The IXUS 105 / SD1300 IS can shoot standard definition 640×480 and 320×240 pixel video at 30 frames per second; there’s no HD on this or its closest rivals. The footage is saved in an AVI container using a Motion JPEG codec with mono sound.
You can film until the file reaches 4GB or one hour in length. Set to the ‘best quality’ 640×480 mode, you’ll hit the 4GB limit in about half an hour, although dropping to the 320×240 mode should get you to the full hour with a 4GB card.
Unsurprisingly for a Canon compact, the optical zoom is disabled during shooting, so you’ll have to zoom to frame before recording or use the digital zoom and suffer the entailing loss of quality. At least you have that option though. Neither the Nikon COOLPIX S3000, nor the Sony Cyber-shot DSC-W310 allow operation of the optical zoom during shooting. The COOLPIX S3000 only offers a limited range very slow and jerky digital zoom and the Cyber-shot DSC-W310 doesn’t even manage that. Registered members of Vimeo can download the original file shown here for evaluation.
The IXUS 105 / SD1300 IS has a continuous shooting mode with a paltry rate of just 0.9 frames per second. This is exactly what we got in testing, although in dimmer conditions the speed drops noticeably. Even if the shutter speed is still reasonably quick, the overhead involved in processing high ISO frames brings the rate down to around a frame every two seconds. This doesn’t cut it for action shots, but you can get the IXUS 105 / SD1300 IS to take a slightly faster sequence at around 1.3fps using the Low Light scene mode, albeit at a reduced image size of 2 Megapixels.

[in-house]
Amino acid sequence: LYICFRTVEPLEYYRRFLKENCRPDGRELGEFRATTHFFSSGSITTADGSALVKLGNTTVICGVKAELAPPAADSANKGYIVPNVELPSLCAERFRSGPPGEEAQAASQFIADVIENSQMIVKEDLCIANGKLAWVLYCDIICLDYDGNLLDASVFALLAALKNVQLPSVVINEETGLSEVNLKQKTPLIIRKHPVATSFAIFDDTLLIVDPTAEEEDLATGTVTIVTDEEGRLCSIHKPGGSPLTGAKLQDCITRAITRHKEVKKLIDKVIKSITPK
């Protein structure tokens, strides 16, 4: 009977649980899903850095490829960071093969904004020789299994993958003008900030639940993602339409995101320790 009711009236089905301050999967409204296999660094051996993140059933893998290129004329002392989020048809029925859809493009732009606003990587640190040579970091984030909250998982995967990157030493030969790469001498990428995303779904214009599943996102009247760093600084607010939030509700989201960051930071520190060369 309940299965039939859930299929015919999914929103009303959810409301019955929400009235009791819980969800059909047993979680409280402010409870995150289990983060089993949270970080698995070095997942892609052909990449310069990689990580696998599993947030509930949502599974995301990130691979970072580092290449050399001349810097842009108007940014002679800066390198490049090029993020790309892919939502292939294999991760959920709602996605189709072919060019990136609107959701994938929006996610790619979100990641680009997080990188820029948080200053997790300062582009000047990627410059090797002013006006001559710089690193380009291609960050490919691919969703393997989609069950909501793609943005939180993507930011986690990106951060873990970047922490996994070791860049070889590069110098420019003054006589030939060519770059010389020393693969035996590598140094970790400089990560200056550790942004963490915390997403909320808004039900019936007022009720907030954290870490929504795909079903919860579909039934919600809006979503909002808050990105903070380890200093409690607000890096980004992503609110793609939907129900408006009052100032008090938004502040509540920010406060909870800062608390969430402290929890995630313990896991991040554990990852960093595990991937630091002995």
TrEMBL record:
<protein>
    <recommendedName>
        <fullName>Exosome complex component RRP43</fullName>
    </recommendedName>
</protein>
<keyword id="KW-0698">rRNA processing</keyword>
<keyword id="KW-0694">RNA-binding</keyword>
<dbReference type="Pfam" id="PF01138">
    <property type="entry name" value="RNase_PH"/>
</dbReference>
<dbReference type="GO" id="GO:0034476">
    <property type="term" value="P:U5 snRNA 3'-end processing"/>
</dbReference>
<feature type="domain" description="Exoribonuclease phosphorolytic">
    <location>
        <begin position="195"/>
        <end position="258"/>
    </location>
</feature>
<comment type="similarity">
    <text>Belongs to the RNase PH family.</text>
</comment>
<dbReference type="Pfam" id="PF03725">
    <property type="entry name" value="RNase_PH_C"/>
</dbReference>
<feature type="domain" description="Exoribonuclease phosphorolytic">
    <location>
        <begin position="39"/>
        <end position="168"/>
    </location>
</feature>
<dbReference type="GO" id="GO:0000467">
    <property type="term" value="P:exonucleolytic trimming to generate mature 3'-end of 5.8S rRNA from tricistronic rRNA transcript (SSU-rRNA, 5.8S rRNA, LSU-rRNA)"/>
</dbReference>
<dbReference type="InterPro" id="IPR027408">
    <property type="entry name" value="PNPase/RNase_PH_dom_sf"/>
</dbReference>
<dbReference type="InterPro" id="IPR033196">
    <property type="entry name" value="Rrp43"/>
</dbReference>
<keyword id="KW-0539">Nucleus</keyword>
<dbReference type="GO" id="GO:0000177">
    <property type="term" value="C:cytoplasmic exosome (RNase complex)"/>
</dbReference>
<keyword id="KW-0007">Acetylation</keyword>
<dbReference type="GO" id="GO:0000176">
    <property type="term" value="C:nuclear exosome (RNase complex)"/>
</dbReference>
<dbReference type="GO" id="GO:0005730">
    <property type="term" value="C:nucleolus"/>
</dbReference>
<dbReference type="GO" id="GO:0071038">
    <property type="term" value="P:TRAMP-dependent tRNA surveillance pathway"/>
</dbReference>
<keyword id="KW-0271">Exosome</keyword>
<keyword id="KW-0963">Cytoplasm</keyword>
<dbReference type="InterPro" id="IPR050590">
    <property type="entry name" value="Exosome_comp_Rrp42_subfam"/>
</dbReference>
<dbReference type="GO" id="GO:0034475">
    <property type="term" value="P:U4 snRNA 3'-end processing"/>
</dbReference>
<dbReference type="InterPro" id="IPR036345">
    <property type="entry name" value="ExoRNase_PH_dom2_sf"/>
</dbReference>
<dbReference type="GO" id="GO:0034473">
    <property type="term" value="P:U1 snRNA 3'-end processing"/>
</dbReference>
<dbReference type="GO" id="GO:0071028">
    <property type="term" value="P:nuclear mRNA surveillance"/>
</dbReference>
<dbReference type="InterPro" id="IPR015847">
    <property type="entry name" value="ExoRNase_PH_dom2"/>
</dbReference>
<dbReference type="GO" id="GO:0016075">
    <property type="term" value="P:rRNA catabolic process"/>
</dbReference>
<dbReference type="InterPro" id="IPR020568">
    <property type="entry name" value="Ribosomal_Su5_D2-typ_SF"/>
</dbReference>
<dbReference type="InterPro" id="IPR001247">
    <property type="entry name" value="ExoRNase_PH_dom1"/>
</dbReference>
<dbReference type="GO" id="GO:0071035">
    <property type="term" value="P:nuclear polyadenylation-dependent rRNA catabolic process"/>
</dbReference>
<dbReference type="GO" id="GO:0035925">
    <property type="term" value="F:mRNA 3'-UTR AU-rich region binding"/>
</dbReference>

The IXUS 105 / SD1300 IS employs a 12.1 Megapixel CCD sensor measuring 1/2.3in that produces images with a maximum size of 4000×3000 pixels at one of two compression settings. On the best quality setting image file sizes average around 3MB. The camera has no built-in memory and therefore cannot be used without a card.
To see how the quality of the IXUS 105 / SD1300 IS measures-up in practice, take a look at our real-life resolution and high ISO noise results pages, browse the sample images gallery, or skip to the chase and head straight for our verdict.